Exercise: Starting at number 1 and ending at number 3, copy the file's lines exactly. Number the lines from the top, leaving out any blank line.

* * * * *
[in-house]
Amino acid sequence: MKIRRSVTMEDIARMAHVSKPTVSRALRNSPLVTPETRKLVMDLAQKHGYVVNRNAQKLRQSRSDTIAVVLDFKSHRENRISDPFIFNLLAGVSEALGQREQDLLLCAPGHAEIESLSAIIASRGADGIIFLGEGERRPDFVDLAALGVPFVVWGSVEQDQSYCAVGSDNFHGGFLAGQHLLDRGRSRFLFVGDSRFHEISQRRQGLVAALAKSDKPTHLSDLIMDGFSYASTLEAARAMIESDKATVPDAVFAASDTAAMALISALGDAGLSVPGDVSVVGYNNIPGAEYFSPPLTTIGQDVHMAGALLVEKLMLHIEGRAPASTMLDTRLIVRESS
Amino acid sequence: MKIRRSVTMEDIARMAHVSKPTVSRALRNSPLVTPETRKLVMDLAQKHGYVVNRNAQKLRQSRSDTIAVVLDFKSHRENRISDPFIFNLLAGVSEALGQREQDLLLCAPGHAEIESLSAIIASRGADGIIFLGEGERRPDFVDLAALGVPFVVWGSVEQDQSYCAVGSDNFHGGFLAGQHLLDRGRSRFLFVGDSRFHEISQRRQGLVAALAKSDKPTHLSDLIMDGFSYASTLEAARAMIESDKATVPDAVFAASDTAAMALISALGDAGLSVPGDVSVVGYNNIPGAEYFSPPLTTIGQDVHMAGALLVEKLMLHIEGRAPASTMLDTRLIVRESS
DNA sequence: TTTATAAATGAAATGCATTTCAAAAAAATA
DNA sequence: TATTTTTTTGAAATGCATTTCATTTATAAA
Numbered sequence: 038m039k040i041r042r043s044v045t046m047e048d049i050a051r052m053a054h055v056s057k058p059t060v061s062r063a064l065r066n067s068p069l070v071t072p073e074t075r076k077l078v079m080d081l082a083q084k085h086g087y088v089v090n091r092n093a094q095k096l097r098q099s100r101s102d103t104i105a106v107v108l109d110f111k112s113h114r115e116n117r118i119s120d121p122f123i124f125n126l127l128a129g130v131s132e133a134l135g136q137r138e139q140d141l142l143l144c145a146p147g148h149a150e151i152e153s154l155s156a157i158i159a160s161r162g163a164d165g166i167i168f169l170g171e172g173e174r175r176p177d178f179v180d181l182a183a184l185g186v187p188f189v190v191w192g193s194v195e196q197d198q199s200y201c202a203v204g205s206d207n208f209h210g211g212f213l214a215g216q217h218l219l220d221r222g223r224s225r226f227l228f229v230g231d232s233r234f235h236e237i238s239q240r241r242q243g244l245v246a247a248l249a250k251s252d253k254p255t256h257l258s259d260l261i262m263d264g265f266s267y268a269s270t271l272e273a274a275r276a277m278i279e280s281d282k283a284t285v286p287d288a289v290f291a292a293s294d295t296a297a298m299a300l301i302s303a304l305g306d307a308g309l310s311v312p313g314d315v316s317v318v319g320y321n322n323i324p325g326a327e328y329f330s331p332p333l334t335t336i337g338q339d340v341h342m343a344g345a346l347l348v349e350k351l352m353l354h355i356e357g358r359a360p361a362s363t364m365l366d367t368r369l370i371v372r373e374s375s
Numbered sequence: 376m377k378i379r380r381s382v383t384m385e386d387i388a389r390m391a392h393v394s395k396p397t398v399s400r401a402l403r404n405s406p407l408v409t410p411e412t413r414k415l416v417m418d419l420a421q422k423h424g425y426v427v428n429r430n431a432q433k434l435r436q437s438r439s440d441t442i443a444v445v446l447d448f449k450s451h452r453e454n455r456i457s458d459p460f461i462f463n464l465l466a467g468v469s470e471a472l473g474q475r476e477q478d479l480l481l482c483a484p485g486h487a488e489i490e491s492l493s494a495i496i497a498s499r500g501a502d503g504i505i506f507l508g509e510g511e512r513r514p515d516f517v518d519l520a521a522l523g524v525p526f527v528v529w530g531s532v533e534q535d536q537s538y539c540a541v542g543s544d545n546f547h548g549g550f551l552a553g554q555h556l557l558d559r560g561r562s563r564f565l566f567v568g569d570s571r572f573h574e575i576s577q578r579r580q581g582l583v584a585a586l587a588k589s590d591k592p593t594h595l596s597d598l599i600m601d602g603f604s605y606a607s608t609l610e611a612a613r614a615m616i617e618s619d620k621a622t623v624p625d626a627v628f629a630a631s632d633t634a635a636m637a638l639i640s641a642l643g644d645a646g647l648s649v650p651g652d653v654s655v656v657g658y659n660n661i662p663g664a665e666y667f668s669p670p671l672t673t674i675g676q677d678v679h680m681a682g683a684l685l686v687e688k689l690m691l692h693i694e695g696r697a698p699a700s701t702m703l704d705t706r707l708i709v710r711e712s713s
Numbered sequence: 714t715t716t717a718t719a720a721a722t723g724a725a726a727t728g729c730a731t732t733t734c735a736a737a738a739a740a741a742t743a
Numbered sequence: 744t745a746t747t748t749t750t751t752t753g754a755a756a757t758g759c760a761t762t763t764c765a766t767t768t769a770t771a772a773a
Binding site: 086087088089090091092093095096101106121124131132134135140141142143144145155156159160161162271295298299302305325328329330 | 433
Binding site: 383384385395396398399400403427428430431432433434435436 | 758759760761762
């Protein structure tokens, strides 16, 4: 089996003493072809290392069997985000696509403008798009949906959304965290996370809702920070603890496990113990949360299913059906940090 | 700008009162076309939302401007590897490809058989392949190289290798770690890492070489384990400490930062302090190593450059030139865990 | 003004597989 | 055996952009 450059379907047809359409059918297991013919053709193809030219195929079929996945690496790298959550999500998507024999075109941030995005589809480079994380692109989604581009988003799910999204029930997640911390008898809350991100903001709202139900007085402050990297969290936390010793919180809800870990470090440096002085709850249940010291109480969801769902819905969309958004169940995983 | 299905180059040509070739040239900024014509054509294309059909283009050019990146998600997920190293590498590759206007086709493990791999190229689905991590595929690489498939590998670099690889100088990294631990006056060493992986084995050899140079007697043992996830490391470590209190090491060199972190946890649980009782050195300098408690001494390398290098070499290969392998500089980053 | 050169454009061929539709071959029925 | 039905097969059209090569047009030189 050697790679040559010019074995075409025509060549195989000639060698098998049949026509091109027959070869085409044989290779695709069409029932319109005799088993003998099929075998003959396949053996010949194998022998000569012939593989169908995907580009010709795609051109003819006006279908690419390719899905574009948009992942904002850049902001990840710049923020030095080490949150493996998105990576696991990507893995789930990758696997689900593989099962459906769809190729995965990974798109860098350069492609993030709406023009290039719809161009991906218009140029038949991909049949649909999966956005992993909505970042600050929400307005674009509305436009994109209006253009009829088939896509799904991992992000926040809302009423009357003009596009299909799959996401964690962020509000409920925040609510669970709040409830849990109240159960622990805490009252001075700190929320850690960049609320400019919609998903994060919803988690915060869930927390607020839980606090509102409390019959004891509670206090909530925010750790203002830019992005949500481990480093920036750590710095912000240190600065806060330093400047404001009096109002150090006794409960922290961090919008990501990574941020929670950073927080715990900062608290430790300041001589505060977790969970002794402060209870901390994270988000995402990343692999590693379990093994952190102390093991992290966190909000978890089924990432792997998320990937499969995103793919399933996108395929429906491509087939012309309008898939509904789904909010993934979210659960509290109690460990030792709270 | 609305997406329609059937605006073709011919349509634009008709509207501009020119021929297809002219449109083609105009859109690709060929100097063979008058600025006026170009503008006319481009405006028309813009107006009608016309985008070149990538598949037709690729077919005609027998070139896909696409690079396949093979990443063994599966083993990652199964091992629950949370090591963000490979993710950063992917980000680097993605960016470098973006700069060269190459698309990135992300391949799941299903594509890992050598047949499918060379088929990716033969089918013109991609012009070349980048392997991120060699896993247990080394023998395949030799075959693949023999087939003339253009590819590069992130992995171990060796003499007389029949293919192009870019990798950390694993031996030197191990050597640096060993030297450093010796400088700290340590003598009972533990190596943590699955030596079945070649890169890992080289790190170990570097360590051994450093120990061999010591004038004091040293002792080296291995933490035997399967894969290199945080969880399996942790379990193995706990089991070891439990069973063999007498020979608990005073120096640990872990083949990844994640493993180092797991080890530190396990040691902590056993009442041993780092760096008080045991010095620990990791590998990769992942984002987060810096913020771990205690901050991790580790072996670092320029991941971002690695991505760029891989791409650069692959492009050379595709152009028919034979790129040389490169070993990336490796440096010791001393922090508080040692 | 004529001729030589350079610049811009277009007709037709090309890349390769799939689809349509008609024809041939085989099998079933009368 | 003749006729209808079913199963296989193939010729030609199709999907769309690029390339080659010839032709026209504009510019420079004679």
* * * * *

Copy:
[in-house]
Amino acid sequence: MKIRRSVTMEDIARMAHVSKPTVSRALRNSPLVTPETRKLVMDLAQKHGYVVNRNAQKLRQSRSDTIAVVLDFKSHRENRISDPFIFNLLAGVSEALGQREQDLLLCAPGHAEIESLSAIIASRGADGIIFLGEGERRPDFVDLAALGVPFVVWGSVEQDQSYCAVGSDNFHGGFLAGQHLLDRGRSRFLFVGDSRFHEISQRRQGLVAALAKSDKPTHLSDLIMDGFSYASTLEAARAMIESDKATVPDAVFAASDTAAMALISALGDAGLSVPGDVSVVGYNNIPGAEYFSPPLTTIGQDVHMAGALLVEKLMLHIEGRAPASTMLDTRLIVRESS
Amino acid sequence: MKIRRSVTMEDIARMAHVSKPTVSRALRNSPLVTPETRKLVMDLAQKHGYVVNRNAQKLRQSRSDTIAVVLDFKSHRENRISDPFIFNLLAGVSEALGQREQDLLLCAPGHAEIESLSAIIASRGADGIIFLGEGERRPDFVDLAALGVPFVVWGSVEQDQSYCAVGSDNFHGGFLAGQHLLDRGRSRFLFVGDSRFHEISQRRQGLVAALAKSDKPTHLSDLIMDGFSYASTLEAARAMIESDKATVPDAVFAASDTAAMALISALGDAGLSVPGDVSVVGYNNIPGAEYFSPPLTTIGQDVHMAGALLVEKLMLHIEGRAPASTMLDTRLIVRESS